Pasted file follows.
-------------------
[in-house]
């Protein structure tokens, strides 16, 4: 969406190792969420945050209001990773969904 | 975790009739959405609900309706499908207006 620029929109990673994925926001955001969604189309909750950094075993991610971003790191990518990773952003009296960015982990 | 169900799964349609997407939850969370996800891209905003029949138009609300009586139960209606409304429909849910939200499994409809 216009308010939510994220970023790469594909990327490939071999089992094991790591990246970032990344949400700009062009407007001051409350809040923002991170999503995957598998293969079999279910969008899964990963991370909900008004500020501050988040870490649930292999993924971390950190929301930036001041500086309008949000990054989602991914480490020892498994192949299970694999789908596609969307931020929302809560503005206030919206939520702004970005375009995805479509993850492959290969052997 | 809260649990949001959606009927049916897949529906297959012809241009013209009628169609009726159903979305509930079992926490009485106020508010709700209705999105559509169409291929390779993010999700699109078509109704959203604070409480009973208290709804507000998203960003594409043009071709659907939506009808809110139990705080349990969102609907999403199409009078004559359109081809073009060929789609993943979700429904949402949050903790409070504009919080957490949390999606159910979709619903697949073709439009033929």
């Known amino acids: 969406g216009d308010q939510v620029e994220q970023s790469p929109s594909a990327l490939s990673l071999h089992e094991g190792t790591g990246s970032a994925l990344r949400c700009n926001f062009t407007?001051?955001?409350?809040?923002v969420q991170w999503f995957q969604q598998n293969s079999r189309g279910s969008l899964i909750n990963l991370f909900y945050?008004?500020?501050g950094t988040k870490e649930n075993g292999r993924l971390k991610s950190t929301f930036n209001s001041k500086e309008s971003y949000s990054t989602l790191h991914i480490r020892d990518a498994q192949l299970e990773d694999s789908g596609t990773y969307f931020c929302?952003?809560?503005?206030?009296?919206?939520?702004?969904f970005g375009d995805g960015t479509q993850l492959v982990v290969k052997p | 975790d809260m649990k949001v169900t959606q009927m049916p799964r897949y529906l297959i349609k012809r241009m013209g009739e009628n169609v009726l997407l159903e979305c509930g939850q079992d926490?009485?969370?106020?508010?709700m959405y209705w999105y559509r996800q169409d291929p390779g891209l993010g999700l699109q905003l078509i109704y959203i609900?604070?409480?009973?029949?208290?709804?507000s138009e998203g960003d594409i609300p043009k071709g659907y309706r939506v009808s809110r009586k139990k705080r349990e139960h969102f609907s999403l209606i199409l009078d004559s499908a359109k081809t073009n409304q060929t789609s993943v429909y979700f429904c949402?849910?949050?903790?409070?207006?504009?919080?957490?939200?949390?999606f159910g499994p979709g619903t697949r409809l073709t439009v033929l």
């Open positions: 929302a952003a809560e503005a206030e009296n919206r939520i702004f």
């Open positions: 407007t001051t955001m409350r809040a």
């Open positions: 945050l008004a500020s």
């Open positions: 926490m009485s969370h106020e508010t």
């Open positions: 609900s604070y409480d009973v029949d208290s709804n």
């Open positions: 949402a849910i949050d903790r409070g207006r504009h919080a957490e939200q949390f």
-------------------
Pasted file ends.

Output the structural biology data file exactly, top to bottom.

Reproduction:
[in-house]
């Protein structure tokens, strides 16, 4: 969406190792969420945050209001990773969904 | 975790009739959405609900309706499908207006 620029929109990673994925926001955001969604189309909750950094075993991610971003790191990518990773952003009296960015982990 | 169900799964349609997407939850969370996800891209905003029949138009609300009586139960209606409304429909849910939200499994409809 216009308010939510994220970023790469594909990327490939071999089992094991790591990246970032990344949400700009062009407007001051409350809040923002991170999503995957598998293969079999279910969008899964990963991370909900008004500020501050988040870490649930292999993924971390950190929301930036001041500086309008949000990054989602991914480490020892498994192949299970694999789908596609969307931020929302809560503005206030919206939520702004970005375009995805479509993850492959290969052997 | 809260649990949001959606009927049916897949529906297959012809241009013209009628169609009726159903979305509930079992926490009485106020508010709700209705999105559509169409291929390779993010999700699109078509109704959203604070409480009973208290709804507000998203960003594409043009071709659907939506009808809110139990705080349990969102609907999403199409009078004559359109081809073009060929789609993943979700429904949402949050903790409070504009919080957490949390999606159910979709619903697949073709439009033929």
């Known amino acids: 969406g216009d308010q939510v620029e994220q970023s790469p929109s594909a990327l490939s990673l071999h089992e094991g190792t790591g990246s970032a994925l990344r949400c700009n926001f062009t407007?001051?955001?409350?809040?923002v969420q991170w999503f995957q969604q598998n293969s079999r189309g279910s969008l899964i909750n990963l991370f909900y945050?008004?500020?501050g950094t988040k870490e649930n075993g292999r993924l971390k991610s950190t929301f930036n209001s001041k500086e309008s971003y949000s990054t989602l790191h991914i480490r020892d990518a498994q192949l299970e990773d694999s789908g596609t990773y969307f931020c929302?952003?809560?503005?206030?009296?919206?939520?702004?969904f970005g375009d995805g960015t479509q993850l492959v982990v290969k052997p | 975790d809260m649990k949001v169900t959606q009927m049916p799964r897949y529906l297959i349609k012809r241009m013209g009739e009628n169609v009726l997407l159903e979305c509930g939850q079992d926490?009485?969370?106020?508010?709700m959405y209705w999105y559509r996800q169409d291929p390779g891209l993010g999700l699109q905003l078509i109704y959203i609900?604070?409480?009973?029949?208290?709804?507000s138009e998203g960003d594409i609300p043009k071709g659907y309706r939506v009808s809110r009586k139990k705080r349990e139960h969102f609907s999403l209606i199409l009078d004559s499908a359109k081809t073009n409304q060929t789609s993943v429909y979700f429904c949402?849910?949050?903790?409070?207006?504009?919080?957490?939200?949390?999606f159910g499994p979709g619903t697949r409809l073709t439009v033929l």
């Open positions: 929302a952003a809560e503005a206030e009296n919206r939520i702004f």
């Open positions: 407007t001051t955001m409350r809040a």
């Open positions: 945050l008004a500020s």
């Open positions: 926490m009485s969370h106020e508010t």
């Open positions: 609900s604070y409480d009973v029949d208290s709804n």
């Open positions: 949402a849910i949050d903790r409070g207006r504009h919080a957490e939200q949390f």